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In this tutorial, you will learn how to create a unit-converting Java program. This can be useful when you need a quick method of converting from one unit to another, especially when you do not have internet access.

This tutorial will take you about 10-15 minutes to complete.

Before you start the tutorial, you will want to make sure you download Eclipse, which is an Integrated development environment (IDE) where you will create and run your finished code. You also may find it difficult to fully understand what is happening in the code if you do not have a basic understanding of the Java programming language. You will be able to create and use the program nonetheless. 

Step 1: Getting Set Up

Step 2: Create a Skeleton for LengthConverter

Note:
It is usually a good idea to make comments in your code. Make notes above methods that explain what the methods do, explain the parameters being passed to methods, explain the return values for methods, etc. This will help you to understand what you're trying to accomplish, and it will help people reading your code in the future to understand what you were trying to accomplish.

Step 3: Create Any Instance Variables

Arbitrary Conversion Factor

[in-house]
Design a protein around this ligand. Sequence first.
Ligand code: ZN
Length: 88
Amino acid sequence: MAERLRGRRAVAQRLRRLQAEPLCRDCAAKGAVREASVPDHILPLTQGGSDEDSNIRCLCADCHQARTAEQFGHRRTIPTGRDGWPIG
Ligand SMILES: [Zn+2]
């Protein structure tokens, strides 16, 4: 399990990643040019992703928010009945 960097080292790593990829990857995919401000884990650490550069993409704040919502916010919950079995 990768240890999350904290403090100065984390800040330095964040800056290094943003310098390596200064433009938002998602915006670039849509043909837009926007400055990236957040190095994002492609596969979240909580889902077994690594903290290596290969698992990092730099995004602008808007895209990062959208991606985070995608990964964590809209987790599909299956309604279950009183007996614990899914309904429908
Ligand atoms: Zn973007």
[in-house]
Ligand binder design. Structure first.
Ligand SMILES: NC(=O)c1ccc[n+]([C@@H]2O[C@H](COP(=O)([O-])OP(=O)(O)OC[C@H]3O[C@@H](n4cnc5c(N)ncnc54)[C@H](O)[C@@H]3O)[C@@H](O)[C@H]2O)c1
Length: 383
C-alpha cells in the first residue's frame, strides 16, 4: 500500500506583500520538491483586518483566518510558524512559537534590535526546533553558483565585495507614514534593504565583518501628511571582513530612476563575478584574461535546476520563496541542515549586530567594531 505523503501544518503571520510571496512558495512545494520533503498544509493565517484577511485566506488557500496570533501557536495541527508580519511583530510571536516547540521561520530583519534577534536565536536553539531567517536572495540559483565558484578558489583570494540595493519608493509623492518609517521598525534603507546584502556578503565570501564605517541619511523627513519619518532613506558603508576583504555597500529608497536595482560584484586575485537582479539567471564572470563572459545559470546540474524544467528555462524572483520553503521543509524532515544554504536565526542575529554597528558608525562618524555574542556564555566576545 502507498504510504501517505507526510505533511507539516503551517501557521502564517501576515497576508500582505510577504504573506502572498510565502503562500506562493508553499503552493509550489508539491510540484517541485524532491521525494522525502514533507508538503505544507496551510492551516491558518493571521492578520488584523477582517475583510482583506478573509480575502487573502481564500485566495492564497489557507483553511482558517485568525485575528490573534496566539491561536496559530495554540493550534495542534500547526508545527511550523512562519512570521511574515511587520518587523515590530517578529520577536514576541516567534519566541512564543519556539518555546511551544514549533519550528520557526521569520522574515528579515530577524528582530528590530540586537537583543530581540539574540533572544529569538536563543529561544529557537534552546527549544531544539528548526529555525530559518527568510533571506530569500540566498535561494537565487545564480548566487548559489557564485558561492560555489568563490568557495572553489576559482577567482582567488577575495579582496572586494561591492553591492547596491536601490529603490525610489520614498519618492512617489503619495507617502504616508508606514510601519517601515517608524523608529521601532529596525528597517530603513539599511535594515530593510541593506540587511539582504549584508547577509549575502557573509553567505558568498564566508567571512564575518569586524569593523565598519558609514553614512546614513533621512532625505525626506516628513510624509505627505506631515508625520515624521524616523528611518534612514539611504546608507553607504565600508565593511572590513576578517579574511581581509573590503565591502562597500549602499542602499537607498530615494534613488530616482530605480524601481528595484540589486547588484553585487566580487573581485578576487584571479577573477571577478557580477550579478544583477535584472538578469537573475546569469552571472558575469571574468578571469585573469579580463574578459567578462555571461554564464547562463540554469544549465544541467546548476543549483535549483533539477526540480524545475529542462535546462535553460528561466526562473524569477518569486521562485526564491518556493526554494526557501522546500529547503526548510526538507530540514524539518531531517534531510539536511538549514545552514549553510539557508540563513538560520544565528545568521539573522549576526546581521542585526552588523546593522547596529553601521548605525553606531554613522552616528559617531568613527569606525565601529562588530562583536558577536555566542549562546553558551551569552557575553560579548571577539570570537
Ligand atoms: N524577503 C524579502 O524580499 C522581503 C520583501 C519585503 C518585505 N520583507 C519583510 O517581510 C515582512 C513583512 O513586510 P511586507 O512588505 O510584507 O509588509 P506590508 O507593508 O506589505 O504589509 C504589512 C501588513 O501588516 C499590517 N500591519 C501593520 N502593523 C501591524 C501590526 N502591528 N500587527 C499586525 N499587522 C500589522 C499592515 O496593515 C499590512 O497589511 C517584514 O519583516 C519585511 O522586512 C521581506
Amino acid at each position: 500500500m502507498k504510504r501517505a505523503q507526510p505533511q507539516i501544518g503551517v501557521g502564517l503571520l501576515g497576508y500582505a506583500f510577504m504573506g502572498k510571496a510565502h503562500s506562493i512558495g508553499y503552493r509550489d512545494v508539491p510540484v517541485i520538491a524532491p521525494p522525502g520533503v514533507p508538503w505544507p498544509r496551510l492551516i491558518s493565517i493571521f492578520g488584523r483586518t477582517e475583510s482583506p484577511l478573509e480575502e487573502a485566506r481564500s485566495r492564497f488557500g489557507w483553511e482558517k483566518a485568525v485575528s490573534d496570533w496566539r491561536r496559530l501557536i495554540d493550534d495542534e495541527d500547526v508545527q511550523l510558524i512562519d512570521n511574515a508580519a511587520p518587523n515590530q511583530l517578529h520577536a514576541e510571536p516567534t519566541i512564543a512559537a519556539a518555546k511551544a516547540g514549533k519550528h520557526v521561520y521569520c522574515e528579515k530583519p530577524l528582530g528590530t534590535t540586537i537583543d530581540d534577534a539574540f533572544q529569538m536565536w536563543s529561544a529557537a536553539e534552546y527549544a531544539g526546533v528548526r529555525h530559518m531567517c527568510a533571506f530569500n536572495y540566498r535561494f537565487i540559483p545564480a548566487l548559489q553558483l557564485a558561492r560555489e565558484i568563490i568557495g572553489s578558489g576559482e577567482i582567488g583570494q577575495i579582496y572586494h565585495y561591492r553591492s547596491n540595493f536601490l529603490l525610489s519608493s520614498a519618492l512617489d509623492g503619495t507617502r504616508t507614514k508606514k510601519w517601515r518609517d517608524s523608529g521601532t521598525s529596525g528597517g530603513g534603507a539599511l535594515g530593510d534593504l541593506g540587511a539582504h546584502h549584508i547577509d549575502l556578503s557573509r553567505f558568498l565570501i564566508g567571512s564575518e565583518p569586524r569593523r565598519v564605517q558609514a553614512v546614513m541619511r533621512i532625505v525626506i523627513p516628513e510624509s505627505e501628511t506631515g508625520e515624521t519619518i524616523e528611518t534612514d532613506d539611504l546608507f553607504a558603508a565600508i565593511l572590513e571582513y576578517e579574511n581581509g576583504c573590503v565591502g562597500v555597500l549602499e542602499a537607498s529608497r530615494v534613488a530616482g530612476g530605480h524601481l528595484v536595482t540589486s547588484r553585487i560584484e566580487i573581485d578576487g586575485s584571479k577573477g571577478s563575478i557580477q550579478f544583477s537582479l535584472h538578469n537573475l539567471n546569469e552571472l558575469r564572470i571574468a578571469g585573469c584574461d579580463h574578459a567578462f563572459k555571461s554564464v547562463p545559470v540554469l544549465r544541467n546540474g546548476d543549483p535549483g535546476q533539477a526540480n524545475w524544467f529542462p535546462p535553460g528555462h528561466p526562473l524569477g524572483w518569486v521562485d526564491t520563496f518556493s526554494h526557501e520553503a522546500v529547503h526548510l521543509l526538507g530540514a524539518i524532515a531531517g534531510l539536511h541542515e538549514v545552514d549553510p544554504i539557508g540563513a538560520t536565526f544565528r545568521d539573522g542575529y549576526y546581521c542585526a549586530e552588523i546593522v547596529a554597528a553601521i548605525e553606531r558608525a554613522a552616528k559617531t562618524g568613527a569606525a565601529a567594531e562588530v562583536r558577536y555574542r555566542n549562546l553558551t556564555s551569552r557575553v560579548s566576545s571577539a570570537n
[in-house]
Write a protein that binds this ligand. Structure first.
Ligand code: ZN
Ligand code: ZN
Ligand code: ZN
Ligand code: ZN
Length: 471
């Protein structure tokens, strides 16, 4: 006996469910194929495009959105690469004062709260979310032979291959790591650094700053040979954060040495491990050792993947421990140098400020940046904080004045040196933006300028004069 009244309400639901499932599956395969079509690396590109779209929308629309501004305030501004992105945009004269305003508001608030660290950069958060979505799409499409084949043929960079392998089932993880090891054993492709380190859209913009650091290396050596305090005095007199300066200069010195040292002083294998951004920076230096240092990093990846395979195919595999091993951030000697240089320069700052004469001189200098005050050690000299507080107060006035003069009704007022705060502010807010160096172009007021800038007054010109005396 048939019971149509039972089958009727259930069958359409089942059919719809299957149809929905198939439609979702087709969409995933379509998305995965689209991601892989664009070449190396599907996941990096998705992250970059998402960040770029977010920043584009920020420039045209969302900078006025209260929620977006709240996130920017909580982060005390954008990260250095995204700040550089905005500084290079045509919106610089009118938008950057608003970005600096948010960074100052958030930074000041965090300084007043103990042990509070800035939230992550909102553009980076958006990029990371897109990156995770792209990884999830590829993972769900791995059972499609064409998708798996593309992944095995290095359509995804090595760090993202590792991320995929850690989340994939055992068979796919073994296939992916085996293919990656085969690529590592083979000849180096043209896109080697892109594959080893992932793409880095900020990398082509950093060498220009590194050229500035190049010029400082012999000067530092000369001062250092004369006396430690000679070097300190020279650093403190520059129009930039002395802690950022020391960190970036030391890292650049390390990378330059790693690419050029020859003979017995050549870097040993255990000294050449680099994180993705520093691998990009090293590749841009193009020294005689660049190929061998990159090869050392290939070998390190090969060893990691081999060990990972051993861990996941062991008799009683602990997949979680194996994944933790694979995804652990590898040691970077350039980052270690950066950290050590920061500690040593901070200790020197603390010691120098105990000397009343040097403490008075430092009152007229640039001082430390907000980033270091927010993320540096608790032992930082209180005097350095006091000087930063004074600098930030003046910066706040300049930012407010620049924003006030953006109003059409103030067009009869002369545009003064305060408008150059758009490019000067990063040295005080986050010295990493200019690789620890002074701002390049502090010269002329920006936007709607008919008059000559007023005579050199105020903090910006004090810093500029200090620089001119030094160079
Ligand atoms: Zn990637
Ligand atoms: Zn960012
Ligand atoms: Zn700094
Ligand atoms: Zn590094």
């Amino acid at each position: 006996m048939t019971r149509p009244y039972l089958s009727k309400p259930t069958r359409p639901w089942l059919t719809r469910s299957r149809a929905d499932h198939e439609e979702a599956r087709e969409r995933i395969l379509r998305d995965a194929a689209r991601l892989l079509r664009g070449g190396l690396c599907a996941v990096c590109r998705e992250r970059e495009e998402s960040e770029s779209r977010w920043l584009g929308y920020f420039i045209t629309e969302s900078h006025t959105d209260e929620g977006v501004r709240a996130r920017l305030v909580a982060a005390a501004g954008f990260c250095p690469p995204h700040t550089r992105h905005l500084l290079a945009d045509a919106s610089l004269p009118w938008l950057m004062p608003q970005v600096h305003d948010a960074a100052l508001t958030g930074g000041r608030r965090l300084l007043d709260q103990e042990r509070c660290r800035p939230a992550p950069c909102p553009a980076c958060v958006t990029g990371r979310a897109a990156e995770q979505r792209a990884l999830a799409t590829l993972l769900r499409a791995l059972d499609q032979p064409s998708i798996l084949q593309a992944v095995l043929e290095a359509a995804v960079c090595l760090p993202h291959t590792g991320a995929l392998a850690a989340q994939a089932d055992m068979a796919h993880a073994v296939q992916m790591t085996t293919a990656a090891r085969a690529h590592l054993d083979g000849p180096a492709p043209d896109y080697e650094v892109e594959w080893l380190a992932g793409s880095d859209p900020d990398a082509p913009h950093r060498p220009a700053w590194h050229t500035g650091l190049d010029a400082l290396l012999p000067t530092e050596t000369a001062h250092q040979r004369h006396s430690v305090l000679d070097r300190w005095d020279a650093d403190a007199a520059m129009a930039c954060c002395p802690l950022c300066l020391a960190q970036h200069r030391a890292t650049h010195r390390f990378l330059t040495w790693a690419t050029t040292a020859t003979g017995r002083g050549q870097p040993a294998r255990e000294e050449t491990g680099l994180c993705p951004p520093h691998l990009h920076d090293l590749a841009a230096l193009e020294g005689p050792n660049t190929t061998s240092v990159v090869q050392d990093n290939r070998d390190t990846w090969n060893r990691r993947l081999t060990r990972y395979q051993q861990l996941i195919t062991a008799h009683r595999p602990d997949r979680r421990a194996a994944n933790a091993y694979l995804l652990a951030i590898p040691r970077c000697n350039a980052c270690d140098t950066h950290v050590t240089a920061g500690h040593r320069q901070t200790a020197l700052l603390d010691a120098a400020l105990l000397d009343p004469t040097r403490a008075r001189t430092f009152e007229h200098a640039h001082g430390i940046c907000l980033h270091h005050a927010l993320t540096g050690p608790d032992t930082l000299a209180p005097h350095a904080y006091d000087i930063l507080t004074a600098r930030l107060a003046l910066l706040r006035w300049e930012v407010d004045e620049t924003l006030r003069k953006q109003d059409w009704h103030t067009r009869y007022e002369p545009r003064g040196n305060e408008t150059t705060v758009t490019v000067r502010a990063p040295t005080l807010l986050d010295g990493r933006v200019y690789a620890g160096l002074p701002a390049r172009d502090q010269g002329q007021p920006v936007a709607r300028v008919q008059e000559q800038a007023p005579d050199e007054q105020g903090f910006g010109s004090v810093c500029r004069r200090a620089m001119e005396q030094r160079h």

Inside of your LengthConverter class, create an instance variable that will serve as the factor between meters and any other length measurement. Let's name this variable factor so that it may be referred to later in this tutorial. This variable should be designated “private” for code security and “double” due to the fact that it will likely be a floating point number. 

Other Instance Variables
The only other instance variables you may want to implement in this class would be ones that hold the actual numeric values of the factors between meters and another length measurement. For example, the multiplying factor between inches and meters is 0.0254, so it may be helpful to create a variable for this value. All of these variables should be designated "final private double" which will prevent the value from ever being modified.

Example:

final private double INCH_TO_METER = 0.0254

Note:
You must look up the conversion factors between meters and any other units of length you wish to account for.

Step 4: Implement Constructor

The purpose of the constructor is to create an instance of a LengthConverter object. Any instance of this type of object will have a String object as a parameter that represents a unit of length. For example, if I were to construct a LengthConverter object that converts between inches and the “middle” unit, meters, I would write,

LengthConverter inchesToMeters = new LengthConverter (“in”);

The String “in” is the parameter for the constructor, and it signals that this object will work with the inch-to-meter conversion factor.

The constructor must check this parameter for common units of length (in, ft, mi, cm, yd, etc.), and it must set the value of the instance variable factor accordingly. In the case where inches is the parameter, factor would be set to 0.0254 because one inch is equivalent to 0.0254 meters.

Step 5: Implement ToMeters()

This method simply takes a measurement (passed as a parameter) in the user-specified input units, and returns its equivalent value in meters. Multiply the parameter by the instance variable, factor, and return the result.